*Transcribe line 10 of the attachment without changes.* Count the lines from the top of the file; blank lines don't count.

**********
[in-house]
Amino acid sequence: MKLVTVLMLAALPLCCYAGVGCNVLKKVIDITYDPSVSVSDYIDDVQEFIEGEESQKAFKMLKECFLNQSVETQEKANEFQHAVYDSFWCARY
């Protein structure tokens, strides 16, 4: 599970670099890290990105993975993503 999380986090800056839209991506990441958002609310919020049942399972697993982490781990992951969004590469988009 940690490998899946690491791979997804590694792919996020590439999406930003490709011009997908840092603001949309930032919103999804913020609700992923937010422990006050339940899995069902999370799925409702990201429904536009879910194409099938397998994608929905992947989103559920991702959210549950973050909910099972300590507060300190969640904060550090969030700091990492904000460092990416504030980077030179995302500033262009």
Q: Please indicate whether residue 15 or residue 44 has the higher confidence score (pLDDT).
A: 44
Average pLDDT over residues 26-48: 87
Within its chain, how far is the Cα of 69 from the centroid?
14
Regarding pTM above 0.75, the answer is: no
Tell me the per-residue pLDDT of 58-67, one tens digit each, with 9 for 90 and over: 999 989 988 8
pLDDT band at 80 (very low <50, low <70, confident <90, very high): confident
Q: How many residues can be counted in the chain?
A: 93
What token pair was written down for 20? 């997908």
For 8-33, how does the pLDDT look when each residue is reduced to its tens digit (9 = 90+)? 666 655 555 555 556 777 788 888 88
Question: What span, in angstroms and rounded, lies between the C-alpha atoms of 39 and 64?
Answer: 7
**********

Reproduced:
Tell me the per-residue pLDDT of 58-67, one tens digit each, with 9 for 90 and over: 999 989 988 8